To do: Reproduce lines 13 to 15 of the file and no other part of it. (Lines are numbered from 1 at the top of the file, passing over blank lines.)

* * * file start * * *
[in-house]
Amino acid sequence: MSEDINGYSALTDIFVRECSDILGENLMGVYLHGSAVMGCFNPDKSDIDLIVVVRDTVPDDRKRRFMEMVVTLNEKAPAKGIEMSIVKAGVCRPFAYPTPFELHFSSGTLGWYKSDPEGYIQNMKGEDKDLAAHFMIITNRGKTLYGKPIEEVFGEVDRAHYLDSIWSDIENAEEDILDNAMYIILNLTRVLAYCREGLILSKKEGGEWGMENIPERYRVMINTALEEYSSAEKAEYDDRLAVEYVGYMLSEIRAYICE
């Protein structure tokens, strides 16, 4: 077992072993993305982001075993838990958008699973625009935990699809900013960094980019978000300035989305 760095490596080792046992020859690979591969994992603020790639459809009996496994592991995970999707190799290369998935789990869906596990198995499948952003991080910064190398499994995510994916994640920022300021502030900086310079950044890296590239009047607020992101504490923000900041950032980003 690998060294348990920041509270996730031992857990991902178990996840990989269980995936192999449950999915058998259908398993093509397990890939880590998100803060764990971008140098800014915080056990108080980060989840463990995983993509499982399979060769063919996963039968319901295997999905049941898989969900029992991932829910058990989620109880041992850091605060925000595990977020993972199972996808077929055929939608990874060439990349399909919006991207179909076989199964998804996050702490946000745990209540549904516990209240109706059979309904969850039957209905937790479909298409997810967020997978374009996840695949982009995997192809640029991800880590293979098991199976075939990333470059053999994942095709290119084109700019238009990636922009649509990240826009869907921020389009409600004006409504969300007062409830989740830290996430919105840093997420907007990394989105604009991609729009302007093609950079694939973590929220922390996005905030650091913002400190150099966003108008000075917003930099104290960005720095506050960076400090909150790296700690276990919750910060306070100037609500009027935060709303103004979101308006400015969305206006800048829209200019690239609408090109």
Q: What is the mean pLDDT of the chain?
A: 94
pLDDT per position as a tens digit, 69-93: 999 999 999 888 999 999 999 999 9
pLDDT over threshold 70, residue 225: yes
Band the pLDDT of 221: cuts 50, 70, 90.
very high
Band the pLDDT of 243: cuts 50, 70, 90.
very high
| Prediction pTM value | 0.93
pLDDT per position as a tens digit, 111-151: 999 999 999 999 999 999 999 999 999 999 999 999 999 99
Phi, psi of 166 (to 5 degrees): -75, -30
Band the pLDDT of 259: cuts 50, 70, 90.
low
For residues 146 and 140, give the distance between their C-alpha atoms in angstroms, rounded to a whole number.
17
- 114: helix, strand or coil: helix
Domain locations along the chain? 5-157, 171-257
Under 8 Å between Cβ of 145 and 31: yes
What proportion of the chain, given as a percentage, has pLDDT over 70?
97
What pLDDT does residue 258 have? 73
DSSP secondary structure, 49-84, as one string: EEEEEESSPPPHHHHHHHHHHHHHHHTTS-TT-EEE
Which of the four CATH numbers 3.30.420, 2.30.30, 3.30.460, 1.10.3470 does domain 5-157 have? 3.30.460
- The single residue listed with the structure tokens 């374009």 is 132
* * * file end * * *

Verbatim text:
pLDDT per position as a tens digit, 111-151: 999 999 999 999 999 999 999 999 999 999 999 999 999 99
Phi, psi of 166 (to 5 degrees): -75, -30
Band the pLDDT of 259: cuts 50, 70, 90.